How´s the Polish government dealing with the ongoing covid crisis? How are the artists and venues going these days? Is there any help available?

Covid will affect venues of all sizes, festivals promoters, abroad tours, especially small ones. This is what bothers and worries me the most. Will we, bands have places to come back to? In Poland, places like this are just being closed, I don’t really know how many of them will be ever reopened.

Talking about the Polish government, man, this topic makes me sad instantly. The speed of vaccination is really slow, public health care is falling apart, they had one year and did almost nothing. Except for some antiabortion actions and millions of zlotys spent on pro-life or anti-divorce propaganda. It makes me sick.

You´re one of the most markable bands from eastern Europe that is oriented on US punk rock and plays it well. Once we spoke in my place in Bratislava with Karolina and she said you almost always had an almost empty venue there, but a few miles ride to the west were, things were always better in this matter. Why do you think that western Europe has this genre’s more solid base than in the east? Can it be the indifference of approach to music and culture in the east in general? Or the political past?

Oh man, it’s really hard to tell the reasons exactly. We just discovered years ago that this skatepunk, pop-punk kind of thing we play is not so trusted and needed here. There is a melody, the songs are usually uplifting, there is a girl who doesn’t scream but sings, maybe it’s just too sweet. I think even some popular bands like Millencolin, NOFX, or Lagwagon were never a thing in Poland. Maybe our society doesn’t need it or it simply was never promoted. Sad and true story but of course we have lots of friends and supporters here. I simply think that melodic punk rock never became a big genre here.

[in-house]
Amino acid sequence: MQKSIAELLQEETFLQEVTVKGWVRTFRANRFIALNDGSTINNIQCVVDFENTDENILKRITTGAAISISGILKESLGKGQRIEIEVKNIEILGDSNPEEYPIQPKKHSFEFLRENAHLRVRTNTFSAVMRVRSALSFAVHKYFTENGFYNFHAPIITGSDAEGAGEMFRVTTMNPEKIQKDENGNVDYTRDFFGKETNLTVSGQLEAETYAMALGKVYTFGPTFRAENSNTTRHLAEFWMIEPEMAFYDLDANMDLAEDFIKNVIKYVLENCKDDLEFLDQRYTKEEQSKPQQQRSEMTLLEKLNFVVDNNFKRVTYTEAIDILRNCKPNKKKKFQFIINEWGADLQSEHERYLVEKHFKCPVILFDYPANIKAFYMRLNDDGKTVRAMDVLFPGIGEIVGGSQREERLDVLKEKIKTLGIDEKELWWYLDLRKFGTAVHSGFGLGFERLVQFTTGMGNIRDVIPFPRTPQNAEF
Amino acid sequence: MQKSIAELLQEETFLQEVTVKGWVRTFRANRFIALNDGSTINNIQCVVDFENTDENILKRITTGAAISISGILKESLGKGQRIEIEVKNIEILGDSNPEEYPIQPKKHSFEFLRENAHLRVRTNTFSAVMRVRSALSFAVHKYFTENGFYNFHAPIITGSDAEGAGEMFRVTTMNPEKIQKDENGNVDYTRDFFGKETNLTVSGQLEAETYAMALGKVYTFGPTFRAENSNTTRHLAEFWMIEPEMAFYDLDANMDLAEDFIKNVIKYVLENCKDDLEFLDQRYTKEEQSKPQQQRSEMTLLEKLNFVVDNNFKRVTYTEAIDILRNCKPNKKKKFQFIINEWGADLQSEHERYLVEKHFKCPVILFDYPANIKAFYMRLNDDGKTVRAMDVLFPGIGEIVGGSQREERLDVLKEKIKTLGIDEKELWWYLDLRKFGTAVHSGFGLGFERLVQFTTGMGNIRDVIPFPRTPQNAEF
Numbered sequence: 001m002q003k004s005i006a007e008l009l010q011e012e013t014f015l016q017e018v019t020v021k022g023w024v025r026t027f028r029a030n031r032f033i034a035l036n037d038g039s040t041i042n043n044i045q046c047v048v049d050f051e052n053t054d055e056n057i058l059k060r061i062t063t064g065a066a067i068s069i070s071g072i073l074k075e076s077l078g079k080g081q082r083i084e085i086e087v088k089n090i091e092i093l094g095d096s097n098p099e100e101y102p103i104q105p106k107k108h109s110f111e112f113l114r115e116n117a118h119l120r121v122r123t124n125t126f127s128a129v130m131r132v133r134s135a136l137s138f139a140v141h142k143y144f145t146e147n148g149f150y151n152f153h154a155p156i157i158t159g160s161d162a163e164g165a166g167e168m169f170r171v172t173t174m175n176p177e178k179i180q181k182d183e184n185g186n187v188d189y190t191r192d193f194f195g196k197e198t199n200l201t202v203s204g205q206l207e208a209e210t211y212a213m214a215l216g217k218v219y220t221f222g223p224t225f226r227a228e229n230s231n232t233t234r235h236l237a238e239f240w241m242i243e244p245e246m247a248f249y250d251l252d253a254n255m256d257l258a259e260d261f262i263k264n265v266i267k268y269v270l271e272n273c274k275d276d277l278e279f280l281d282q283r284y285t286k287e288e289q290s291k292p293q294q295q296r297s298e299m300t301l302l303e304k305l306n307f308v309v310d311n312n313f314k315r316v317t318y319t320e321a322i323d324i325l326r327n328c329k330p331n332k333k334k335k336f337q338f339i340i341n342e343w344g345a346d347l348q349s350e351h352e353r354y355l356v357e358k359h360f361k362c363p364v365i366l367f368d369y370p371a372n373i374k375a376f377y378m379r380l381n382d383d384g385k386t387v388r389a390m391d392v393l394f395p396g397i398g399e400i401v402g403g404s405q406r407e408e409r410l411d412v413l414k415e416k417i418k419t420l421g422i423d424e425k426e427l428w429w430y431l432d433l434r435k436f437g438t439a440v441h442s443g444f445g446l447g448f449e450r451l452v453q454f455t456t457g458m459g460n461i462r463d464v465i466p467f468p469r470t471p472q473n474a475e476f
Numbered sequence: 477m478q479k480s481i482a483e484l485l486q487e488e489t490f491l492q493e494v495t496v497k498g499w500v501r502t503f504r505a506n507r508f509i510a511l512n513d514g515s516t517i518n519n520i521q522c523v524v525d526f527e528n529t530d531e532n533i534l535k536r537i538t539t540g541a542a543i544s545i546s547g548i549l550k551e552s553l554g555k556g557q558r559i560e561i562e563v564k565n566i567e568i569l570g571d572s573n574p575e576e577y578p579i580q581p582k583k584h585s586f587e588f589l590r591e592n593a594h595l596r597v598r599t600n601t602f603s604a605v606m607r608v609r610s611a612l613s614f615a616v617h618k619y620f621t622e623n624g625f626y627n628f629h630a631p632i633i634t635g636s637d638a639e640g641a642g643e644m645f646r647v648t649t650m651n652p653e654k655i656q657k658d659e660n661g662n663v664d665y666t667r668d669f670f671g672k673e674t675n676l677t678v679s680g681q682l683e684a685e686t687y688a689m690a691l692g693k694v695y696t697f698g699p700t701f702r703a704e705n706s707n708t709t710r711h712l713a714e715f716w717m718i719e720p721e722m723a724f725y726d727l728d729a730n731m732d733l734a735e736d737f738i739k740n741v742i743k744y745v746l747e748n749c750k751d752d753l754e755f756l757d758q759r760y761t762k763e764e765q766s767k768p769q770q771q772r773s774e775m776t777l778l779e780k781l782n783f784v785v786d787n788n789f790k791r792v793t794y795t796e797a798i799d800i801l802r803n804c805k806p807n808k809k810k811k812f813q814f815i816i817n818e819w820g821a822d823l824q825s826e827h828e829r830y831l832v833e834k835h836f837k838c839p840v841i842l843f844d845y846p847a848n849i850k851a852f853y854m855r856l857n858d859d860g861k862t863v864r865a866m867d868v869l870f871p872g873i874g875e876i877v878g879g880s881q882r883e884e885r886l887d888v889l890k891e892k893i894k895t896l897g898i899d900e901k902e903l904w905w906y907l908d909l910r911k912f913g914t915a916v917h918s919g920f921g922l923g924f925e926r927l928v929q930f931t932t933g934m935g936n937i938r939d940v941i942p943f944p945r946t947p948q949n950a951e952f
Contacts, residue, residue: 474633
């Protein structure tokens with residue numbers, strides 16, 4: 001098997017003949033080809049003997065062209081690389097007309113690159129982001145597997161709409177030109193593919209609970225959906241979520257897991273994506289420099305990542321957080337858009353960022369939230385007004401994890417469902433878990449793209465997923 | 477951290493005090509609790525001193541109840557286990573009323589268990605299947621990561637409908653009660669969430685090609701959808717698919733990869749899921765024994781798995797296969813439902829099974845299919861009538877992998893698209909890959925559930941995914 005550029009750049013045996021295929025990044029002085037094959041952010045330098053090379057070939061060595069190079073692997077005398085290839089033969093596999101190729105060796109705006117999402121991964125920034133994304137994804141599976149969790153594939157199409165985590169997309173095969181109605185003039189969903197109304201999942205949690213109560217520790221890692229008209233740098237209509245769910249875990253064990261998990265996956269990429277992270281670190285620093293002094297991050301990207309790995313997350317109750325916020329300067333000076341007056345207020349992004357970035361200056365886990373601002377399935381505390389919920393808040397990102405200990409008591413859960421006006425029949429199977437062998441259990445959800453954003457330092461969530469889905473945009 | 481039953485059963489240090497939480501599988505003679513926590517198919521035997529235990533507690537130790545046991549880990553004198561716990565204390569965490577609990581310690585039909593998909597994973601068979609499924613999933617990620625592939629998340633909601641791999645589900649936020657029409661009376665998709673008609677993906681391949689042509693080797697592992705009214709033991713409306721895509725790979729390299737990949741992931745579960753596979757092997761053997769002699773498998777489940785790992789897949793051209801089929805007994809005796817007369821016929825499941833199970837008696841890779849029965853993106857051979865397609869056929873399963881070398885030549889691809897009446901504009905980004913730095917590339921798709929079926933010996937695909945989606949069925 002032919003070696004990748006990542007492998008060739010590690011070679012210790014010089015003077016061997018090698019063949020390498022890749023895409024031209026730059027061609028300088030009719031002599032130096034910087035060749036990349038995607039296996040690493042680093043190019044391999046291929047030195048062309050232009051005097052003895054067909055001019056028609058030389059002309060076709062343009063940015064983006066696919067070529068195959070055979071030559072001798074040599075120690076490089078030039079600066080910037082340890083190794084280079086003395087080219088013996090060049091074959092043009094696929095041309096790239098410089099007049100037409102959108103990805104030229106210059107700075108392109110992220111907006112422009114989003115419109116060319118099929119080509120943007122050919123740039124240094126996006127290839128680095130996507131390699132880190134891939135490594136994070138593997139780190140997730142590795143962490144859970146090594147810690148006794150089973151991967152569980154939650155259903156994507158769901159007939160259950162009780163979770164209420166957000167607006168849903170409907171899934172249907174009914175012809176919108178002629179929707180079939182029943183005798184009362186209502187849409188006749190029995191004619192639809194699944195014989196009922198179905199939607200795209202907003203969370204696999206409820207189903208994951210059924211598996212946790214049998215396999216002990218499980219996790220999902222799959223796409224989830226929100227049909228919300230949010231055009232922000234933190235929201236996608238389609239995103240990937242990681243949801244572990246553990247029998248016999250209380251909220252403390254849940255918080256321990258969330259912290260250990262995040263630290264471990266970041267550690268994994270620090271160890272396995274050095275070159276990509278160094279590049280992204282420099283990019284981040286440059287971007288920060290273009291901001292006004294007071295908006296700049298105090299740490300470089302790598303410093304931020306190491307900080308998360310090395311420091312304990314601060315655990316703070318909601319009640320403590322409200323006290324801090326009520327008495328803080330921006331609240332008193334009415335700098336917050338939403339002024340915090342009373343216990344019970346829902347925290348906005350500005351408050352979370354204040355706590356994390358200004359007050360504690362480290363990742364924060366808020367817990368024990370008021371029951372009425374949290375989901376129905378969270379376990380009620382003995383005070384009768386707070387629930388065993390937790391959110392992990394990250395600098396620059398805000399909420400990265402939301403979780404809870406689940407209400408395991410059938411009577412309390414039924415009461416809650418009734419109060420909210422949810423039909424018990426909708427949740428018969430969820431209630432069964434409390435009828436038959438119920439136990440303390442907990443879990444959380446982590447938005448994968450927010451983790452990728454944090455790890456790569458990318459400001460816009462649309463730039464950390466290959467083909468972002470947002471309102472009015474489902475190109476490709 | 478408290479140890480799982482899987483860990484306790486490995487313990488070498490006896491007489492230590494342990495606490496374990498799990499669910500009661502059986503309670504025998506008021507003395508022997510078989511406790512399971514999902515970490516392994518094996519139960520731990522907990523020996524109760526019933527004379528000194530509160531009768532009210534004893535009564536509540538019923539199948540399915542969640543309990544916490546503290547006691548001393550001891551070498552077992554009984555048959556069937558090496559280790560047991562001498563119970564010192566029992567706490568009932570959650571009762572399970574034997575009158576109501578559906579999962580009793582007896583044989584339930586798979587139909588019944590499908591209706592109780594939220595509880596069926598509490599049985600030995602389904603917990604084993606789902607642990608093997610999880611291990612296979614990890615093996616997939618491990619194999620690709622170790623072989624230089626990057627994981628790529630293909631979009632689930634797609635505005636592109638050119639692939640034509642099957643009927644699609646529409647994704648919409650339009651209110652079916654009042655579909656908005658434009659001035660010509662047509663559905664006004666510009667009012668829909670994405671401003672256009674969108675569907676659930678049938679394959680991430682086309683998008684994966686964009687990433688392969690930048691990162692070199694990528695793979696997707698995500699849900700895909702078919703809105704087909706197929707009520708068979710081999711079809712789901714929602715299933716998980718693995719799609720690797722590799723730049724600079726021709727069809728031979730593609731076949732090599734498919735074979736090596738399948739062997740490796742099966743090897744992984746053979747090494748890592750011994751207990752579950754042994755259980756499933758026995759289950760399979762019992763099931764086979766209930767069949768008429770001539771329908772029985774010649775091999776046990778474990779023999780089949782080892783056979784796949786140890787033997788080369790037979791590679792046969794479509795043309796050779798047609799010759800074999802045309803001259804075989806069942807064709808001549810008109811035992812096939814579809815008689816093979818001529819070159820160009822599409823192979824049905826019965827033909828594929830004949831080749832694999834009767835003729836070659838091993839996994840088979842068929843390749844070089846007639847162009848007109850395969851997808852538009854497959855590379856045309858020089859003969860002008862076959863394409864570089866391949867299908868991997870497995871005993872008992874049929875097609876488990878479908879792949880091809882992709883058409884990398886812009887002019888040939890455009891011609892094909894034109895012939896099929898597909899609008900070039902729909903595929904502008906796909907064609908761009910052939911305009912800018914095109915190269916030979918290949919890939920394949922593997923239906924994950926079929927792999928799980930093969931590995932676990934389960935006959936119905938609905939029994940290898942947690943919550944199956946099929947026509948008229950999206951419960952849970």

You spent some time with Ishay Berger in the studio. How was it to work with him? Did he bring a certain new approach to work on music within CF98? Did his presence leave any significant mark on you as a band? It´s hearable that the sound of your Dead Inside record is thicker and certainly much faster and aggressive.